It has been roughly a decade since Manchester United were the kings of English football, much to the consternation of its fans and schadenfreude of rivals. Yet the lack of recent success may be of little matter to a buyer.
The American Glazer family who own what is arguably still England’s biggest club is looking for an investor and may be prepared to sell out. They are in the market for a deal that values United at about £5 billion (S$8.3 billion), Bloomberg News reported in August.
While the owners of fellow English Premier League giants Liverpool are also weighing a sale, and rivals Chelsea were sold in a £4.25 billion deal just earlier this year, neither brand can compare with United, according to people involved in football investment.
The side from the north-west of England forged their reputation over decades of triumphs in domestic and European competitions – including glory years under legendary Scottish coaches Matt Busby and Alex Ferguson – ensuring their status as a premier brand for buyers.
“This deal has to be at a landmark valuation,” said Adam Sommerfeld, sports investment specialist at London-based Certus Capital Partners.
“Clearly this is the leading light of football, probably sport overall in terms of M&A at the moment. Everyone who is anyone is going to be looking at this very seriously.”
Among the names coming up as potential suitors for United is British billionaire Jim Ratcliffe, a fan of the club who earlier this year offered to buy Chelsea.
Meanwhile, Saudi Arabia’s sports minister, Prince Abdulaziz bin Turki Al-Faisal, told the BBC that there was a lot of “interest and appetite” in both United and Liverpool in the kingdom and his government would support a private sector bid. A group led by Saudi Arabia’s wealth fund bought Premier League club Newcastle United last year.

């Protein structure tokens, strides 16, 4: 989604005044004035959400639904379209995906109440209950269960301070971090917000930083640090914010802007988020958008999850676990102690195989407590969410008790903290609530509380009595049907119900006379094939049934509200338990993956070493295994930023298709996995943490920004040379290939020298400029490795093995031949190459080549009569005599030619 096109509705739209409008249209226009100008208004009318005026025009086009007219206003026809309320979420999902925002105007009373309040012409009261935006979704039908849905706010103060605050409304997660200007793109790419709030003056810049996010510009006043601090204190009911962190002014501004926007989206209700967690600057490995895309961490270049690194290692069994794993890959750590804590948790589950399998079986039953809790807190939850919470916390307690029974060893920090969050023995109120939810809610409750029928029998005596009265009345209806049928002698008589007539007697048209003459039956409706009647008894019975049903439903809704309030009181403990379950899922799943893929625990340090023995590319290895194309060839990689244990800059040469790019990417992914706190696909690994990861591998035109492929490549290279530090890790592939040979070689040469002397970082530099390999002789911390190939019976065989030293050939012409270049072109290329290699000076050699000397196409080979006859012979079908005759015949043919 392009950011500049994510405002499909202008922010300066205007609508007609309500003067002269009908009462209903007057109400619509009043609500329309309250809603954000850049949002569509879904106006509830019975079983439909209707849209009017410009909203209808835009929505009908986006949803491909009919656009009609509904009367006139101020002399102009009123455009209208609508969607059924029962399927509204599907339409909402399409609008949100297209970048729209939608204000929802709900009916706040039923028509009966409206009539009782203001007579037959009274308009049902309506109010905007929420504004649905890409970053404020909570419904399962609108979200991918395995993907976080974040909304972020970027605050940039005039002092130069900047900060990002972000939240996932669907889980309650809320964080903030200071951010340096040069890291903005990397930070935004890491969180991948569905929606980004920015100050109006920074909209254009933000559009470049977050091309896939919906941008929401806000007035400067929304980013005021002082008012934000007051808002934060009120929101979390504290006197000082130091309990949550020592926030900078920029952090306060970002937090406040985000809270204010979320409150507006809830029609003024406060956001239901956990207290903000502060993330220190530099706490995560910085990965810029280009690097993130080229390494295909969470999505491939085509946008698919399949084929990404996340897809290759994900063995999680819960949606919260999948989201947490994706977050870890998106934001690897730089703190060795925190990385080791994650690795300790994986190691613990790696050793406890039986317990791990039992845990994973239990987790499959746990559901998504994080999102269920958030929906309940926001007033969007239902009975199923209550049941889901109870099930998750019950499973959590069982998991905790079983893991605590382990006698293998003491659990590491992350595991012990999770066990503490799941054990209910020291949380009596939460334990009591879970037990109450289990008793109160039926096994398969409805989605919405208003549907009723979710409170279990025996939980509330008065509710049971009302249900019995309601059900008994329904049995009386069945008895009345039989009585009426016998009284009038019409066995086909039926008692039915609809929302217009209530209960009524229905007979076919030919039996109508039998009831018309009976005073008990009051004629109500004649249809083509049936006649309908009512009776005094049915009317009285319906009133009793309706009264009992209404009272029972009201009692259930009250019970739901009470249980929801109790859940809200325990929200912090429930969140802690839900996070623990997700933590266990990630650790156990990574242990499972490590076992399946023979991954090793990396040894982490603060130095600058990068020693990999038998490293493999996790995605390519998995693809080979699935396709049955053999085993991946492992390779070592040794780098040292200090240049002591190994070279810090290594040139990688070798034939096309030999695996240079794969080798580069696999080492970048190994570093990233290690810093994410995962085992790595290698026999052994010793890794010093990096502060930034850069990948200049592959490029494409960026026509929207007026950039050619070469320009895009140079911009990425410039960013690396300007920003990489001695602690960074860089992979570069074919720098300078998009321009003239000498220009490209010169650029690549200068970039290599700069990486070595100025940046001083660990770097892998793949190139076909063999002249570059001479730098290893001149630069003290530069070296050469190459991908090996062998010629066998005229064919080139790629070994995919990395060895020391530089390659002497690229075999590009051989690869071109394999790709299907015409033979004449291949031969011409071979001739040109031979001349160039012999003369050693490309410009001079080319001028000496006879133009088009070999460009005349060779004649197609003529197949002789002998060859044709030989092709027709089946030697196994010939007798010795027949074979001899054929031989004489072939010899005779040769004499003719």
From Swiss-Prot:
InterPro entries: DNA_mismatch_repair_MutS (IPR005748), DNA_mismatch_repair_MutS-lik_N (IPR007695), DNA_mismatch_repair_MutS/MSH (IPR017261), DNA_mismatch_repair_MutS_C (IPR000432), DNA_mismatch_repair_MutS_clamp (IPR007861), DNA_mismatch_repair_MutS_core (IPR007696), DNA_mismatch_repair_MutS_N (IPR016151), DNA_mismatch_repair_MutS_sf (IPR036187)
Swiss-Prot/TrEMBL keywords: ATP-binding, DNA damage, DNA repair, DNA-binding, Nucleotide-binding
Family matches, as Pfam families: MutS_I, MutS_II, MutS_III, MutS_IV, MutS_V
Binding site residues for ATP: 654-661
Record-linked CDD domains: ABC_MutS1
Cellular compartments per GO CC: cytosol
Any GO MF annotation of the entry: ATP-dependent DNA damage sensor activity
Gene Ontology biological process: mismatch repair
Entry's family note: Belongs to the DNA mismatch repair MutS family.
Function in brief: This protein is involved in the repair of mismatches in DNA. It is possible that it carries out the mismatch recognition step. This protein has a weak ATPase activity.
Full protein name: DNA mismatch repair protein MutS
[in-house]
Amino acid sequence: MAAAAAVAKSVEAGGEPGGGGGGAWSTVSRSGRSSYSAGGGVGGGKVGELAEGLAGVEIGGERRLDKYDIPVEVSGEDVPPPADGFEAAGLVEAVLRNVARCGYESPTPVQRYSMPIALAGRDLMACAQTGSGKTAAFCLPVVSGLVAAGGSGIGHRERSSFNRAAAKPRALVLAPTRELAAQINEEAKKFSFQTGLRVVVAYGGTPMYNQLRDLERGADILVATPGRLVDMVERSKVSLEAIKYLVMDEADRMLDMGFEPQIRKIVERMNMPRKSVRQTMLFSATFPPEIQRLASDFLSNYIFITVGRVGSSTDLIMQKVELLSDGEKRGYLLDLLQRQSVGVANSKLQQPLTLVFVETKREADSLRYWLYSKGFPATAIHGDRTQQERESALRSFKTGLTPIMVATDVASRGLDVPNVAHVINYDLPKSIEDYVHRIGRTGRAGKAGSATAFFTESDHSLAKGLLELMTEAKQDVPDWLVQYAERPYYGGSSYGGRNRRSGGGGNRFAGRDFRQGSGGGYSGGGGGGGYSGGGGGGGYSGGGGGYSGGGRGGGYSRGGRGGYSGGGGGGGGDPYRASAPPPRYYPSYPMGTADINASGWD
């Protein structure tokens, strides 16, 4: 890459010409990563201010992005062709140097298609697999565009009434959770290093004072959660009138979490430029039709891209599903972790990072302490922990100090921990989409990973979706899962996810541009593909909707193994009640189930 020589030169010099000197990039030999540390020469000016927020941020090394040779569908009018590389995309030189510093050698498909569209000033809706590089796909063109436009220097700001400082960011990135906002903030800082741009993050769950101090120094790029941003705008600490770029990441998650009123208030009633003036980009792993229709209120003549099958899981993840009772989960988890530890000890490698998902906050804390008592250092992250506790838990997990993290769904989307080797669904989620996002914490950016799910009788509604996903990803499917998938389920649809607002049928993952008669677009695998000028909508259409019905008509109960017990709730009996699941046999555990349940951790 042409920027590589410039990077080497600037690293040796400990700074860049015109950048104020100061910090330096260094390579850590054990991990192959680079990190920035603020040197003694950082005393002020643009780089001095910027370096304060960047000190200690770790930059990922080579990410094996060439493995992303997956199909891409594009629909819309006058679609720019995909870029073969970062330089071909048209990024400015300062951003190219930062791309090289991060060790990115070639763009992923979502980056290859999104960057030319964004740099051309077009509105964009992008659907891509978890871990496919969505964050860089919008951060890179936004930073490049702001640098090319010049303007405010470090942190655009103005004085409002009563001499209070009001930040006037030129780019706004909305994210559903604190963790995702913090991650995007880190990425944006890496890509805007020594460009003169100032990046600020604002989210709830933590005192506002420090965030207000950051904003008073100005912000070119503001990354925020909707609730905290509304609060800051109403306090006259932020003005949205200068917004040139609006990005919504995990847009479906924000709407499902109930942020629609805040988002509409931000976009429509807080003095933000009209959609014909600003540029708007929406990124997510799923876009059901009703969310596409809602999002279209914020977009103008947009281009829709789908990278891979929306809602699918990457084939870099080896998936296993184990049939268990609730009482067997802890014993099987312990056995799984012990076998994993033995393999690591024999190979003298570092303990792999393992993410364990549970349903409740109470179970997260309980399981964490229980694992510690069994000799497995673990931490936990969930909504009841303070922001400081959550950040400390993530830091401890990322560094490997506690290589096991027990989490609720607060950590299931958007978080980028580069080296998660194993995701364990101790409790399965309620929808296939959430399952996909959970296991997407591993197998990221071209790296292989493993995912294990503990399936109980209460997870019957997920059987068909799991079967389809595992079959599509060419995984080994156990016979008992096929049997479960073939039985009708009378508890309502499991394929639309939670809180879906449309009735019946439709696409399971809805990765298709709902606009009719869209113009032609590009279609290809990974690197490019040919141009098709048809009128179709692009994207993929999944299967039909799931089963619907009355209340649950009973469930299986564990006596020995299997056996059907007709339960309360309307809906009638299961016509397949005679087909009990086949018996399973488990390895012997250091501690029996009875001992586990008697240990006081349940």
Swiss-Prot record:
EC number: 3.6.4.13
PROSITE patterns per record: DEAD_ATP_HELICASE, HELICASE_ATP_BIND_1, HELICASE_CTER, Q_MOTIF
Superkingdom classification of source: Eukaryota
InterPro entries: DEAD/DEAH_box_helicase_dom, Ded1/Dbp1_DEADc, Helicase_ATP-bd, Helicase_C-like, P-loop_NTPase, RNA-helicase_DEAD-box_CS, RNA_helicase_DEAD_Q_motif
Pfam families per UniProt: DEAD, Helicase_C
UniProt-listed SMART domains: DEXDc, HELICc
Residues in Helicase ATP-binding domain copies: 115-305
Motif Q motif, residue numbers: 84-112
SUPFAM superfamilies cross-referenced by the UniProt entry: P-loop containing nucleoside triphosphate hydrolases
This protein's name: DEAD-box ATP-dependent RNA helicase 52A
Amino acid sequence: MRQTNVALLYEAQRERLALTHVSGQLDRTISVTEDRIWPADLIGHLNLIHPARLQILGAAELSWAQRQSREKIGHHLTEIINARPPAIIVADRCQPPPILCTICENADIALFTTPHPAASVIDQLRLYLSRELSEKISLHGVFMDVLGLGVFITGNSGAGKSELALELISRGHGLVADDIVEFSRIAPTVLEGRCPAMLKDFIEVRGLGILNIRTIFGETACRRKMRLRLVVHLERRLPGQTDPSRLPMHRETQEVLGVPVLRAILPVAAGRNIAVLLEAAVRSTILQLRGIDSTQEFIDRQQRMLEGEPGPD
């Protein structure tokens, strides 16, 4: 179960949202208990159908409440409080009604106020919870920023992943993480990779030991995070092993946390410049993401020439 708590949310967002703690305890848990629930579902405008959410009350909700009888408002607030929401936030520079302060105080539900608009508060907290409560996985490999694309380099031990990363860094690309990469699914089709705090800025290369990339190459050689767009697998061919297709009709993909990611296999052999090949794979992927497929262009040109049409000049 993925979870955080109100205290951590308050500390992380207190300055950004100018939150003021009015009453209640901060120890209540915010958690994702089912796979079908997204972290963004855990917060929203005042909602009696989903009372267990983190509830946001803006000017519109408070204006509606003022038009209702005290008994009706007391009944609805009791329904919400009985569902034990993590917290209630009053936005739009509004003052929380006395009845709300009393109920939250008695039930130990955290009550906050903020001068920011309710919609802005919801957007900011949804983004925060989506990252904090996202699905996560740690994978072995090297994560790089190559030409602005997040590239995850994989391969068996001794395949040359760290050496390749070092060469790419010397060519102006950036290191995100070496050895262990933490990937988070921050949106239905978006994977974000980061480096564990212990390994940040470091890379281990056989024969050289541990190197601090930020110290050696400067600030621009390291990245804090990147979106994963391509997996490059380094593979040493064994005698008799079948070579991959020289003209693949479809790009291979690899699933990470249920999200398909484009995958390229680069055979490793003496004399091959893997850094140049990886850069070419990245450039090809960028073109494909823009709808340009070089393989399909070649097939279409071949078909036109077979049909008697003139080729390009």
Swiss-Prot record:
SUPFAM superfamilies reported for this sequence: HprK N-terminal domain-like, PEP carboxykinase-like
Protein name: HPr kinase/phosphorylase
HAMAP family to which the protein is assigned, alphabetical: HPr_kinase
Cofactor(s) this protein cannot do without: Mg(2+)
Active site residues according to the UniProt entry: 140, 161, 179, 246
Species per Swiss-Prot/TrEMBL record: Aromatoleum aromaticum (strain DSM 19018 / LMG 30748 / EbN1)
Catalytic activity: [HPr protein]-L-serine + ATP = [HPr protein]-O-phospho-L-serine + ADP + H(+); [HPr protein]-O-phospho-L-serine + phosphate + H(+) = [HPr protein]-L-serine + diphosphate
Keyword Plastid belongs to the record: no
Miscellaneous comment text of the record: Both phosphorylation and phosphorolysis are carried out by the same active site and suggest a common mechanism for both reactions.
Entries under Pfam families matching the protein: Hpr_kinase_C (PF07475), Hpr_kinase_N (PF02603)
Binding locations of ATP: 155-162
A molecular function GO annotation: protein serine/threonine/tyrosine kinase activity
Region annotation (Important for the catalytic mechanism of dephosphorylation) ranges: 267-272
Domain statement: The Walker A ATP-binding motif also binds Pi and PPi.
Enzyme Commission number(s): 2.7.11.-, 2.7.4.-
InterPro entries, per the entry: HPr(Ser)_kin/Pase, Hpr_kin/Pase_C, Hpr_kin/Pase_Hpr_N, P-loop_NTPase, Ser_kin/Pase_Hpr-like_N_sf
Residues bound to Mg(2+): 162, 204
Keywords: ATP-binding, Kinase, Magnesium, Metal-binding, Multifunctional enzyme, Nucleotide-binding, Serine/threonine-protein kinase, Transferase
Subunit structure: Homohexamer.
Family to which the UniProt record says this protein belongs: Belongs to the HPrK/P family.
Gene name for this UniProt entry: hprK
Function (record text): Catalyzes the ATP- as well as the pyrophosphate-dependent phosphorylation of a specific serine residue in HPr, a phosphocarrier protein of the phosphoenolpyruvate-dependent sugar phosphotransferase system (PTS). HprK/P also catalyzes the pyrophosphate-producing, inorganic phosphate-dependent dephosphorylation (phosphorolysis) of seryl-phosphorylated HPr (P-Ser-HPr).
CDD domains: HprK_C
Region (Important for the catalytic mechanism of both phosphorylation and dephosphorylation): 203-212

Competition for United could be intense, if recent deals involving European football clubs are any guide. Chelsea, previously owned by Russian tycoon Roman Abramovich, was eventually sold to a consortium led by US billionaire Todd Boehly after a fierce bidding process run by the US investment bank Raine Group that initially drew more than 250 interested parties.
United’s fundamentals “justify a premium to clubs sold earlier this year”, analysts at US investment bank Jefferies Financial Group wrote in a research note. Compared with Chelsea, United have a bigger stadium, wider global reach and generate more revenue.
“We expect a competitive process, as MAN U is a truly unique asset with significant global reach and plays in the strongest realm within the current media landscape – live sports,” the Jefferies analysts wrote.
Deloitte’s annual Football Money League 2022 shows United generate annual revenue of €558 million (S$799.4 million), compared with Chelsea’s €493 million. Overall, 20-time English champions United placed fifth in the latest ranking, which they topped in 2017. The biggest revenue generator in European football is now Abu Dhabi-backed cross-town rival Manchester City.
Raine is advising United on their sale process, with Rothschild & Co acting as financial adviser to the Glazer family. United’s US-listed shares jumped 68 per cent this week.
While there is no shortage of money from the Middle East and American private equity that could come in to battle for United, not everyone is convinced the club will fetch a high price.
Former Goldman Sachs Group economist Jim O’Neill, a United fan who once bid to buy the club, told Bloomberg TV that the valuations being talked about already looked “out of reach”.
Buying any top football club is a gamble because the business model requires teams to succeed on the field to qualify for the lucrative Champions League, Europe’s elite club competition. Unlike Chelsea and Liverpool, United failed to make the cut last season. They last lifted the trophy in 2008, and won the Premier League most recently in 2013.
The late Malcolm Glazer bought United in a 2005 leveraged buyout that saddled them with debt and the family have incurred the wrath of fans ever since.
While this was mitigated in the early years of their ownership as the team continued to win trophies under Ferguson, resentment has grown steadily after his retirement in 2013.
“They don’t really need to sell,” Certus’ Sommerfeld said of the Glazers.
“Looking at adding the brand value, I get to around £4.7 billion, but I think the Glazers would want to surpass that.” BLOOMBERG